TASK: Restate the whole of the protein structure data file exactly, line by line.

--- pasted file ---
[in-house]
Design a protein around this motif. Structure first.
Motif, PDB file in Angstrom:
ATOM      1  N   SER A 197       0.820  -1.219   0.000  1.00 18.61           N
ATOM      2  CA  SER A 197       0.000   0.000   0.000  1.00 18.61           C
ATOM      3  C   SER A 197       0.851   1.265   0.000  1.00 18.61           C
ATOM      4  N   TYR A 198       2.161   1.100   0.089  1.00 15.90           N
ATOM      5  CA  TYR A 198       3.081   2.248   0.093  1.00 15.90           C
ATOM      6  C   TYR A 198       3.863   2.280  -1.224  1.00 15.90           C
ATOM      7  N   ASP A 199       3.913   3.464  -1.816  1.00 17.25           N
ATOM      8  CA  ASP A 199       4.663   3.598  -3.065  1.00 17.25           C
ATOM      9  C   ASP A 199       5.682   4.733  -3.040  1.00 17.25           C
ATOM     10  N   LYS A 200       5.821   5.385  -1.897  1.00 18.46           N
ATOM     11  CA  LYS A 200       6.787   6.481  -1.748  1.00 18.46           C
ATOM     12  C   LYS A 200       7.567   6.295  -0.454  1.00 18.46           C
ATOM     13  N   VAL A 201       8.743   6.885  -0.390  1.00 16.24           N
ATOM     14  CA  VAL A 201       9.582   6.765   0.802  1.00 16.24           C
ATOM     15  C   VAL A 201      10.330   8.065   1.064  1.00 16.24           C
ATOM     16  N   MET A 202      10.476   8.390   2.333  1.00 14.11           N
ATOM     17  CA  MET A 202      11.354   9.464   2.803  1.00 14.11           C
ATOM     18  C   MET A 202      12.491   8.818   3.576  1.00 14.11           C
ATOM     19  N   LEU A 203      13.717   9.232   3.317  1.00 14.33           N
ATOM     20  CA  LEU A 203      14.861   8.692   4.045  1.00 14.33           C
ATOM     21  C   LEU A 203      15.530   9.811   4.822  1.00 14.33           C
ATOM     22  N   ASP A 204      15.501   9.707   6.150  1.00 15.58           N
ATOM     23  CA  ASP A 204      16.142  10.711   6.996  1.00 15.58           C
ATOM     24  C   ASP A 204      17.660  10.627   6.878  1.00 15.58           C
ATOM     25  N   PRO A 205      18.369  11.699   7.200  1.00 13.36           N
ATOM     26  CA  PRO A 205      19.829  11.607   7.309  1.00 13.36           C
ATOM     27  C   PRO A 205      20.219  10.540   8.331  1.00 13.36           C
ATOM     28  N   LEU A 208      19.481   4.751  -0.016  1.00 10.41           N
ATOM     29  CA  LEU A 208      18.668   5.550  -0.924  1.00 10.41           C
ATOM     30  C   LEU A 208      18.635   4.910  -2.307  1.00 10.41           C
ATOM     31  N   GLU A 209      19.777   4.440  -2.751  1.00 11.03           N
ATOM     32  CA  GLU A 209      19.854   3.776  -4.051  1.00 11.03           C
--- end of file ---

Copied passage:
[in-house]
Design a protein around this motif. Structure first.
Motif, PDB file in Angstrom:
ATOM      1  N   SER A 197       0.820  -1.219   0.000  1.00 18.61           N
ATOM      2  CA  SER A 197       0.000   0.000   0.000  1.00 18.61           C
ATOM      3  C   SER A 197       0.851   1.265   0.000  1.00 18.61           C
ATOM      4  N   TYR A 198       2.161   1.100   0.089  1.00 15.90           N
ATOM      5  CA  TYR A 198       3.081   2.248   0.093  1.00 15.90           C
ATOM      6  C   TYR A 198       3.863   2.280  -1.224  1.00 15.90           C
ATOM      7  N   ASP A 199       3.913   3.464  -1.816  1.00 17.25           N
ATOM      8  CA  ASP A 199       4.663   3.598  -3.065  1.00 17.25           C
ATOM      9  C   ASP A 199       5.682   4.733  -3.040  1.00 17.25           C
ATOM     10  N   LYS A 200       5.821   5.385  -1.897  1.00 18.46           N
ATOM     11  CA  LYS A 200       6.787   6.481  -1.748  1.00 18.46           C
ATOM     12  C   LYS A 200       7.567   6.295  -0.454  1.00 18.46           C
ATOM     13  N   VAL A 201       8.743   6.885  -0.390  1.00 16.24           N
ATOM     14  CA  VAL A 201       9.582   6.765   0.802  1.00 16.24           C
ATOM     15  C   VAL A 201      10.330   8.065   1.064  1.00 16.24           C
ATOM     16  N   MET A 202      10.476   8.390   2.333  1.00 14.11           N
ATOM     17  CA  MET A 202      11.354   9.464   2.803  1.00 14.11           C
ATOM     18  C   MET A 202      12.491   8.818   3.576  1.00 14.11           C
ATOM     19  N   LEU A 203      13.717   9.232   3.317  1.00 14.33           N
ATOM     20  CA  LEU A 203      14.861   8.692   4.045  1.00 14.33           C
ATOM     21  C   LEU A 203      15.530   9.811   4.822  1.00 14.33           C
ATOM     22  N   ASP A 204      15.501   9.707   6.150  1.00 15.58           N
ATOM     23  CA  ASP A 204      16.142  10.711   6.996  1.00 15.58           C
ATOM     24  C   ASP A 204      17.660  10.627   6.878  1.00 15.58           C
ATOM     25  N   PRO A 205      18.369  11.699   7.200  1.00 13.36           N
ATOM     26  CA  PRO A 205      19.829  11.607   7.309  1.00 13.36           C
ATOM     27  C   PRO A 205      20.219  10.540   8.331  1.00 13.36           C
ATOM     28  N   LEU A 208      19.481   4.751  -0.016  1.00 10.41           N
ATOM     29  CA  LEU A 208      18.668   5.550  -0.924  1.00 10.41           C
ATOM     30  C   LEU A 208      18.635   4.910  -2.307  1.00 10.41           C
ATOM     31  N   GLU A 209      19.777   4.440  -2.751  1.00 11.03           N
ATOM     32  CA  GLU A 209      19.854   3.776  -4.051  1.00 11.03           C